Ask LH: Can A Bad NBN Connection Affect My Computer’s OS Speed?

Dear Lifehacker, To what extent does internet quality affect a laptop’s operating system and application response times? My work connection is much faster than my home connection, and it often feels like the same machine is slower at home.

I suspect that operating systems and applications often “phone home” and that waiting for responses over slow links slows things down. Does this actually happen? Thanks, Speed Chaser

Dear SC,

It largely depends on the OS and software you’re using. Obviously, any app that runs in the cloud is going to be dependent on the speed of your connection, but your laptop’s operating system and “offline” apps can also be affected, depending on what you’re using them for.

Today’s operating systems and apps often assume an online connection – Cortana pulls information from an online database, for example, while Office saves documents to the cloud by default. Many applications will also initiate updates over the internet with minimal input from the user.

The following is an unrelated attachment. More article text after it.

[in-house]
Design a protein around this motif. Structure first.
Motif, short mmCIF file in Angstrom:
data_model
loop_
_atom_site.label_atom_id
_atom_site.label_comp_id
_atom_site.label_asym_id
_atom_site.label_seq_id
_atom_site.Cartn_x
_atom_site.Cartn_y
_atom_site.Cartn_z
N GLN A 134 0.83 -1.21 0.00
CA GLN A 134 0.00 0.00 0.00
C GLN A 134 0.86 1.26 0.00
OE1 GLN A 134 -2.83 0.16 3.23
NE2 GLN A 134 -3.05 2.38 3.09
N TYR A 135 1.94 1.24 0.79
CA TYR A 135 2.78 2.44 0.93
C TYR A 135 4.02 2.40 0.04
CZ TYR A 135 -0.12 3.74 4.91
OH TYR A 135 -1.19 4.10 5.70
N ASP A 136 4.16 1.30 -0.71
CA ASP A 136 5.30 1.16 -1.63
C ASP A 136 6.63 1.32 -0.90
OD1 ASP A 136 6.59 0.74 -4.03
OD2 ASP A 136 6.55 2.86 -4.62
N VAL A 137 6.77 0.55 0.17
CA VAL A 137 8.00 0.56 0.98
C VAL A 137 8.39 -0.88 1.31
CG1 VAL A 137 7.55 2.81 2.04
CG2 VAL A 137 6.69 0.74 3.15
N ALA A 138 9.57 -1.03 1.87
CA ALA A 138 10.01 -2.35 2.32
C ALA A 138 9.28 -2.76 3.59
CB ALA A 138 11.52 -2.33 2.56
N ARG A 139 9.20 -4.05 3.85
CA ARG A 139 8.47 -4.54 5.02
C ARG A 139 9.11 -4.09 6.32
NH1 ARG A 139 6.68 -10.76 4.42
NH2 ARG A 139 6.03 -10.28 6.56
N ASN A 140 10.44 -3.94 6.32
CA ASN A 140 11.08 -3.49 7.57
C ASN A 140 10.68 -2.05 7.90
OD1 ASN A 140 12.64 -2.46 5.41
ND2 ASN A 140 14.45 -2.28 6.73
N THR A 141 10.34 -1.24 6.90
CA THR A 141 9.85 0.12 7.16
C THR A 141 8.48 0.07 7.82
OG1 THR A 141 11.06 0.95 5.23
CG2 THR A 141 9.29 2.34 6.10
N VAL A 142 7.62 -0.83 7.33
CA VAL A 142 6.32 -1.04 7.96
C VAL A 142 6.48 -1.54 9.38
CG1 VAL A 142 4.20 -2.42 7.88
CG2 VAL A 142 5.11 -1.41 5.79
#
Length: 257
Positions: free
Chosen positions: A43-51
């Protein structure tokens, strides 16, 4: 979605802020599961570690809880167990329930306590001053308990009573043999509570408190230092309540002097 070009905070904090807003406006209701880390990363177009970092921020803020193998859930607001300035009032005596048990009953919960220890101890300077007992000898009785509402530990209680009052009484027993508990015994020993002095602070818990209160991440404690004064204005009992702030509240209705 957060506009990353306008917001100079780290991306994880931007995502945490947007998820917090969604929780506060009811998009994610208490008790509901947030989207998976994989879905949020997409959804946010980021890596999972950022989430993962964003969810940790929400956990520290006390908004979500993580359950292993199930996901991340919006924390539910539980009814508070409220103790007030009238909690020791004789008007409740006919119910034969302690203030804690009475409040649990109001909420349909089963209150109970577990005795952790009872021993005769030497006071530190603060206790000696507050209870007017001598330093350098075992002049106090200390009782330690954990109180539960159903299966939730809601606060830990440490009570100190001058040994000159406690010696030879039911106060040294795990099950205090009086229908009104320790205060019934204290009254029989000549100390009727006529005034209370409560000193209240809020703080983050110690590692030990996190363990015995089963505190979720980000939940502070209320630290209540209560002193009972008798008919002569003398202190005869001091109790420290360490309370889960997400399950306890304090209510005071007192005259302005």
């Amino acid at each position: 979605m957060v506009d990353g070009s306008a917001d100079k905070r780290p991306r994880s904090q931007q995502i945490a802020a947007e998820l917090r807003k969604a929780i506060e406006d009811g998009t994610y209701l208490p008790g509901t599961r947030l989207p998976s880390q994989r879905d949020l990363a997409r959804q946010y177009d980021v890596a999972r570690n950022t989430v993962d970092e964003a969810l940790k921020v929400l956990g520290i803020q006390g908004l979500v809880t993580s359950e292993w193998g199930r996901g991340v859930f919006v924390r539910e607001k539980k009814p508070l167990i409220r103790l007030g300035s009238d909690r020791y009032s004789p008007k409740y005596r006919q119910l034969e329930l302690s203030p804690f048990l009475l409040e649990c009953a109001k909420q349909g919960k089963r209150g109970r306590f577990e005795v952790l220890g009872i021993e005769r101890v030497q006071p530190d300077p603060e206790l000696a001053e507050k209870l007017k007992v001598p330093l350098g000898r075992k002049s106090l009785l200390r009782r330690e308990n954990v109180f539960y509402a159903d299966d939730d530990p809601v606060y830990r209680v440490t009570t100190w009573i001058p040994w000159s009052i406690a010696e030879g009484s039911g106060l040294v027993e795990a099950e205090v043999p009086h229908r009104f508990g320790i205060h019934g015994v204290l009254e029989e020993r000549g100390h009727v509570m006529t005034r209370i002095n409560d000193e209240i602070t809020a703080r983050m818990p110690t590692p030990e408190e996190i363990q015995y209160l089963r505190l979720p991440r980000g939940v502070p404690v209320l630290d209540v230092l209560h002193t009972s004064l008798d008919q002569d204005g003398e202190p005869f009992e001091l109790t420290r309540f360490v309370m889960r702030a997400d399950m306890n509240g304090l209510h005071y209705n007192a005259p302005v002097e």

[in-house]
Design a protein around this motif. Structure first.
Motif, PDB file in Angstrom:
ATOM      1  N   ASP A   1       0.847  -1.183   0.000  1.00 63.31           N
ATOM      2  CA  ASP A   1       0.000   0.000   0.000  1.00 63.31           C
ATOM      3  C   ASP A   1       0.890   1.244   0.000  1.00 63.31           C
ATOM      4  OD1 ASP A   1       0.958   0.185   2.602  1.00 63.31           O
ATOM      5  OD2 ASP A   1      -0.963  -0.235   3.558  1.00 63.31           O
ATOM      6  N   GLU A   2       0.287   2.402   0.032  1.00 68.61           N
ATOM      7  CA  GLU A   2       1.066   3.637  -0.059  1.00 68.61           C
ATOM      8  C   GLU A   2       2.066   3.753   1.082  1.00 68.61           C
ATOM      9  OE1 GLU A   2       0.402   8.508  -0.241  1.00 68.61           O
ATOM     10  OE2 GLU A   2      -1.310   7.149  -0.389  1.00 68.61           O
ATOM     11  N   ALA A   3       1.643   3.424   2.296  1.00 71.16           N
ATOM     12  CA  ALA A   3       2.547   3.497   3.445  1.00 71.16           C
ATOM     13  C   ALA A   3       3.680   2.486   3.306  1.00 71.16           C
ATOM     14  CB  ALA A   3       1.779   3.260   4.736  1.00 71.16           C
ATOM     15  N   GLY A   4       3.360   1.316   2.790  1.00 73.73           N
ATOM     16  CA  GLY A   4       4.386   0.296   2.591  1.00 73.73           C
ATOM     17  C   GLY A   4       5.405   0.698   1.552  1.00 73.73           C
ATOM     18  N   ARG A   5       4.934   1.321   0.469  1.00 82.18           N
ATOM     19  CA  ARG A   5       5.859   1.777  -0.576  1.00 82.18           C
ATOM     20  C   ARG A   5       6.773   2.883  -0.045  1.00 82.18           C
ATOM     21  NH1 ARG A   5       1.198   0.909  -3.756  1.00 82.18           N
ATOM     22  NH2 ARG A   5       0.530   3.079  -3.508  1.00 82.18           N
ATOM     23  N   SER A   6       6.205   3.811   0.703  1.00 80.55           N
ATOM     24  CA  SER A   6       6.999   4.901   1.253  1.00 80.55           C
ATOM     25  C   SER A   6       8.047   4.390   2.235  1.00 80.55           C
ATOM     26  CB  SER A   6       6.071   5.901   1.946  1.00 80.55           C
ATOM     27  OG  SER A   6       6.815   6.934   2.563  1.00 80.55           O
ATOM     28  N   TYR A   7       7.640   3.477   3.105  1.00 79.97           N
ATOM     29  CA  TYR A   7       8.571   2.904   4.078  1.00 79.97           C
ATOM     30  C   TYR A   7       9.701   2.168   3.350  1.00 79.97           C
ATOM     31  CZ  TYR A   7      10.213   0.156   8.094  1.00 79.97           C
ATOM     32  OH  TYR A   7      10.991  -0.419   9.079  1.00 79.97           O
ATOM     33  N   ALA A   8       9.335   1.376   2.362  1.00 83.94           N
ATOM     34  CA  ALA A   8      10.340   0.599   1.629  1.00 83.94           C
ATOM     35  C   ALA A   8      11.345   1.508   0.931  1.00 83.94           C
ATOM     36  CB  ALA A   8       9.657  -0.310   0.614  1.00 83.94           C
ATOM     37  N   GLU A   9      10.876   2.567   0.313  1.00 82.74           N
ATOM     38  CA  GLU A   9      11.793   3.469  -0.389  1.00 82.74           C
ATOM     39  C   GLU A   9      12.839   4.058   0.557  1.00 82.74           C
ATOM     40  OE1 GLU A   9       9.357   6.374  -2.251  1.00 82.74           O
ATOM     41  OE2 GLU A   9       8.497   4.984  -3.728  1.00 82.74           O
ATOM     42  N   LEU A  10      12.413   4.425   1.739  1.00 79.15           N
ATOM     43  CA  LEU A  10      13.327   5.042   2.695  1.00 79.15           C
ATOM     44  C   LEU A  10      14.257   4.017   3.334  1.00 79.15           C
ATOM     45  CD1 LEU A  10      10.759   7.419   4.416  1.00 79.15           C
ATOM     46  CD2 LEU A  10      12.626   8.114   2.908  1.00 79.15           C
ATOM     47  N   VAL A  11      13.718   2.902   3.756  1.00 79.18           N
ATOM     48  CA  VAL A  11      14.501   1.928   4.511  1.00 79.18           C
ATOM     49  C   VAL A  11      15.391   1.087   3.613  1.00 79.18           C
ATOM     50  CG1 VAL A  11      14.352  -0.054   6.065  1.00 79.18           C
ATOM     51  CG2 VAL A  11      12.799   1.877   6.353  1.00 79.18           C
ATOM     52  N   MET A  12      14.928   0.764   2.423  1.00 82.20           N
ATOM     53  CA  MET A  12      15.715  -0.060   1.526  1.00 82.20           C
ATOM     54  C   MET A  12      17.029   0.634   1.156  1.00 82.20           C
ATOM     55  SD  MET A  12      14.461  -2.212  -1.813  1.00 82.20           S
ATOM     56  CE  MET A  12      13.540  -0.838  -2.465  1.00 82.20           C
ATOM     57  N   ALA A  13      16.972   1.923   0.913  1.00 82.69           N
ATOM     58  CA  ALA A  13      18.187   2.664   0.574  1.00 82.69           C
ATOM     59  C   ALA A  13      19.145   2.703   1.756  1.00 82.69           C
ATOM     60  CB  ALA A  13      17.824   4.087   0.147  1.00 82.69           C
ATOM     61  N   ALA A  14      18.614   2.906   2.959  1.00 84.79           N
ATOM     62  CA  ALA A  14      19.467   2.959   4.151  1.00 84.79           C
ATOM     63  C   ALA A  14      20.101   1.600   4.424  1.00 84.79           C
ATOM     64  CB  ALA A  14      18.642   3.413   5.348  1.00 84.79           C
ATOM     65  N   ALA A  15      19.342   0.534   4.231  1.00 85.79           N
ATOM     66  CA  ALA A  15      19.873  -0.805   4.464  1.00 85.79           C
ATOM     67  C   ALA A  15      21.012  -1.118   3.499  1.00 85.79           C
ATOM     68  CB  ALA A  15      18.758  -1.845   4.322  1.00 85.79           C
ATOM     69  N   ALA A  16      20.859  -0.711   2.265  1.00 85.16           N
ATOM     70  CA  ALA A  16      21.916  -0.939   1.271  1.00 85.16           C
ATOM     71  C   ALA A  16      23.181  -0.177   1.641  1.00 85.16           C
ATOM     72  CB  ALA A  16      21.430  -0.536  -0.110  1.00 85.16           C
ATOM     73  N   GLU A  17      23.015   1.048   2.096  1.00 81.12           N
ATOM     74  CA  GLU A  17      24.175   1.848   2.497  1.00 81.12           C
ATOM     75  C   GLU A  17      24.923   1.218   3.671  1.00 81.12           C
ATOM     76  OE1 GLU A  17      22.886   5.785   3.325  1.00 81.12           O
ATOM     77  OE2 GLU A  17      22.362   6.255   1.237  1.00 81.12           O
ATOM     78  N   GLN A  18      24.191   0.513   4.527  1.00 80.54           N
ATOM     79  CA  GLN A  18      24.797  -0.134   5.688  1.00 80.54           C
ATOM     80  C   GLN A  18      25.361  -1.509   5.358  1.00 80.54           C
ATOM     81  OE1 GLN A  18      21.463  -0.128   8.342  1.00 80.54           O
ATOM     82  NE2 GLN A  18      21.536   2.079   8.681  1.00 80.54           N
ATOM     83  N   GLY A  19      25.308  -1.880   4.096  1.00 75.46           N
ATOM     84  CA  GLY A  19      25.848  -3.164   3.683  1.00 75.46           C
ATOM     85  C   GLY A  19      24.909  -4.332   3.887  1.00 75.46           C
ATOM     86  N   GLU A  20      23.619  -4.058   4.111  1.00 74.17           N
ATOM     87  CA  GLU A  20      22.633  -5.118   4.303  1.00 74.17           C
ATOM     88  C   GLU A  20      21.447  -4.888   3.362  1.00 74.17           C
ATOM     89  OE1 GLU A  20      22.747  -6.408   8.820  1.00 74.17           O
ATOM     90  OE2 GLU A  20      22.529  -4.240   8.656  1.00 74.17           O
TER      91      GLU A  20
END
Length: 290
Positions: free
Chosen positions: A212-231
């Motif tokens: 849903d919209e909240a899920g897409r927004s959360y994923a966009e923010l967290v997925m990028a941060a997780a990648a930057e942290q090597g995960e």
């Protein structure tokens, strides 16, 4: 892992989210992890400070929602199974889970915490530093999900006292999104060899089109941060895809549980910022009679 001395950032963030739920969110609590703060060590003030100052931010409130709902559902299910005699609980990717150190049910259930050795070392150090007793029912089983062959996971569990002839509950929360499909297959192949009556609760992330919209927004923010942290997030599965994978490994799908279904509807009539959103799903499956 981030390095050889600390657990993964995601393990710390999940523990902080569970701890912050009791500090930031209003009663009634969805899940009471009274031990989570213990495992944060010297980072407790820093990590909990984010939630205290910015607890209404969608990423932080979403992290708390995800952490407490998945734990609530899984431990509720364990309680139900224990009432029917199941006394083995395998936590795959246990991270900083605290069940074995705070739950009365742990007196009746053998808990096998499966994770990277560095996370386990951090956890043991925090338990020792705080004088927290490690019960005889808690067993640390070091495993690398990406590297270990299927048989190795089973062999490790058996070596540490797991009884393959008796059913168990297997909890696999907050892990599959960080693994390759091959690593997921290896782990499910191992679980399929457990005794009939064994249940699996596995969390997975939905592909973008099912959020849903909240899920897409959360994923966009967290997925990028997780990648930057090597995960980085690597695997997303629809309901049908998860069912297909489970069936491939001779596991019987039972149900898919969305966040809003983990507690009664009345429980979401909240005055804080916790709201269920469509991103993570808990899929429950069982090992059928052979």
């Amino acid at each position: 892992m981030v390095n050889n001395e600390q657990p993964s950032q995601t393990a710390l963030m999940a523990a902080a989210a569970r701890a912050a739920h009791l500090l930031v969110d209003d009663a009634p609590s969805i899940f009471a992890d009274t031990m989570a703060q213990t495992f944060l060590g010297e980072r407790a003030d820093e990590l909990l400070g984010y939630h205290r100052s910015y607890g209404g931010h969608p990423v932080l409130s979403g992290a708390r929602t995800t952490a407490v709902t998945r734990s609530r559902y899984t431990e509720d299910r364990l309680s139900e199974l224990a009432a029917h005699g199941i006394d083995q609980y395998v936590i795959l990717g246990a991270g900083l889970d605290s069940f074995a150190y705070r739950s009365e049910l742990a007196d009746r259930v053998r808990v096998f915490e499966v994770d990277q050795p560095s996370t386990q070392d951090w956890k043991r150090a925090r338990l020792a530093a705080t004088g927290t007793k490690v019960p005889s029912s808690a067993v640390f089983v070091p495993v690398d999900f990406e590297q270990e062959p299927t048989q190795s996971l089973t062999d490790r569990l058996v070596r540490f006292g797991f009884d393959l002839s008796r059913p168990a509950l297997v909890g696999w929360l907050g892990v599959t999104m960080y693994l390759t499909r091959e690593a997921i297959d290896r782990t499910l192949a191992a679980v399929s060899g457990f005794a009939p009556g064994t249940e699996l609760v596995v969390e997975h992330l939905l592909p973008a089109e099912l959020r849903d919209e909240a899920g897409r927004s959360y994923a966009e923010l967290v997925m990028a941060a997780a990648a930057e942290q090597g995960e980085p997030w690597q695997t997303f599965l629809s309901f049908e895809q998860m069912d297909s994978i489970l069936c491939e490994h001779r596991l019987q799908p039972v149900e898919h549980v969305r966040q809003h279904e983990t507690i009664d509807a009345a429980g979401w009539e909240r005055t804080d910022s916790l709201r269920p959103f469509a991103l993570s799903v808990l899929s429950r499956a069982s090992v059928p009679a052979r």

However, it’s not the case that every element of the operating system requires connectivity, and most apps will offer the ability to run in offline mode even if it normally connects to the internet by default.

If your internet is on the slow side, there are various DIY hacks you can employ to make day-to-day tasks become a bit zippier. The first basic step is to troubleshoot your hardware: reset your modem and router, compare your broadband speed with other computers in the house and adopt a process of elimination to see if there’s a specific quirk in your connection.

You should also uninstall bloatware and software that you hardly ever use: especially if it frequently runs and/or updates in the background. In addition to giving your RAM and CPU a bit of a boost this will also free up room on your hard drive.

You could also try installing extensions such as AdBlock Plus which will block some of the bandwidth-hogging ads, animations and videos that can use up your connection. This won’t solve all your issues, but it should help to make a slow connection feel more usable. (Just be sure to disable the ad blocker on sites you enjoy using and want to support the existence of, like this one.)

If your computer is being creaky offline, the issue is likely to be unrelated to your broadband collection – you can find plenty of advice on how to diagnose and fix a slow computer here. Click here to read our guide on dealing with a slow internet connection. You can also find some additional tips on boosting Wi-Fi signals here. Good luck!


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